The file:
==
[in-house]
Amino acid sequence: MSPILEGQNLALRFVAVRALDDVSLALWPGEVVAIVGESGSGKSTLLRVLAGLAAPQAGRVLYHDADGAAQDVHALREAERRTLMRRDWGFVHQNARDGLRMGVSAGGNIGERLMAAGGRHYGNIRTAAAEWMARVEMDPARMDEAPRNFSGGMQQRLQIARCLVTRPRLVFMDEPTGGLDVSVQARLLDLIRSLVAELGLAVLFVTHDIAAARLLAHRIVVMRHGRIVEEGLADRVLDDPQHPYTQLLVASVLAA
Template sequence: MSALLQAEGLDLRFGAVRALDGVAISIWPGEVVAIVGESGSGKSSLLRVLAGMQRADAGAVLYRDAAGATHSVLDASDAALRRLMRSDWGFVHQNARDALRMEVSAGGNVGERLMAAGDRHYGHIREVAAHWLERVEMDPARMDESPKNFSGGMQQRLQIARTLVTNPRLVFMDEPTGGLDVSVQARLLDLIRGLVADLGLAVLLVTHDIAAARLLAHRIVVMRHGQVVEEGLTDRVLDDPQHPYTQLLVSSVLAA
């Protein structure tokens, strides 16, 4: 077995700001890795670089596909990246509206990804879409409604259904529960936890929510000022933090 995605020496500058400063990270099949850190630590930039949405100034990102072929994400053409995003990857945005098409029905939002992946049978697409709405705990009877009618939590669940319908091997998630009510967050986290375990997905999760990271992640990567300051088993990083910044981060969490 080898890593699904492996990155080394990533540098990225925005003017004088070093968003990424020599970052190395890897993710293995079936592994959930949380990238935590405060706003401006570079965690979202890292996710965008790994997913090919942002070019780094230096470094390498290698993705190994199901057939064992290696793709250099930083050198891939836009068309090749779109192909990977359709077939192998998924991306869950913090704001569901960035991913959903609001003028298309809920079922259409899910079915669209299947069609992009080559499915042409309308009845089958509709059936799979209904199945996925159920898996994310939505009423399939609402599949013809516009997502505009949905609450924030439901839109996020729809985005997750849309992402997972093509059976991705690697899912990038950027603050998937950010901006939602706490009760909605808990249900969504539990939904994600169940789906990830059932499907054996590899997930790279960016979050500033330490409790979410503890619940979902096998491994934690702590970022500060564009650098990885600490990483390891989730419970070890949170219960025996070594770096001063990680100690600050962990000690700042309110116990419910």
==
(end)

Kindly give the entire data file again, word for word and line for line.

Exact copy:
[in-house]
Amino acid sequence: MSPILEGQNLALRFVAVRALDDVSLALWPGEVVAIVGESGSGKSTLLRVLAGLAAPQAGRVLYHDADGAAQDVHALREAERRTLMRRDWGFVHQNARDGLRMGVSAGGNIGERLMAAGGRHYGNIRTAAAEWMARVEMDPARMDEAPRNFSGGMQQRLQIARCLVTRPRLVFMDEPTGGLDVSVQARLLDLIRSLVAELGLAVLFVTHDIAAARLLAHRIVVMRHGRIVEEGLADRVLDDPQHPYTQLLVASVLAA
Template sequence: MSALLQAEGLDLRFGAVRALDGVAISIWPGEVVAIVGESGSGKSSLLRVLAGMQRADAGAVLYRDAAGATHSVLDASDAALRRLMRSDWGFVHQNARDALRMEVSAGGNVGERLMAAGDRHYGHIREVAAHWLERVEMDPARMDESPKNFSGGMQQRLQIARTLVTNPRLVFMDEPTGGLDVSVQARLLDLIRGLVADLGLAVLLVTHDIAAARLLAHRIVVMRHGQVVEEGLTDRVLDDPQHPYTQLLVSSVLAA
């Protein structure tokens, strides 16, 4: 077995700001890795670089596909990246509206990804879409409604259904529960936890929510000022933090 995605020496500058400063990270099949850190630590930039949405100034990102072929994400053409995003990857945005098409029905939002992946049978697409709405705990009877009618939590669940319908091997998630009510967050986290375990997905999760990271992640990567300051088993990083910044981060969490 080898890593699904492996990155080394990533540098990225925005003017004088070093968003990424020599970052190395890897993710293995079936592994959930949380990238935590405060706003401006570079965690979202890292996710965008790994997913090919942002070019780094230096470094390498290698993705190994199901057939064992290696793709250099930083050198891939836009068309090749779109192909990977359709077939192998998924991306869950913090704001569901960035991913959903609001003028298309809920079922259409899910079915669209299947069609992009080559499915042409309308009845089958509709059936799979209904199945996925159920898996994310939505009423399939609402599949013809516009997502505009949905609450924030439901839109996020729809985005997750849309992402997972093509059976991705690697899912990038950027603050998937950010901006939602706490009760909605808990249900969504539990939904994600169940789906990830059932499907054996590899997930790279960016979050500033330490409790979410503890619940979902096998491994934690702590970022500060564009650098990885600490990483390891989730419970070890949170219960025996070594770096001063990680100690600050962990000690700042309110116990419910």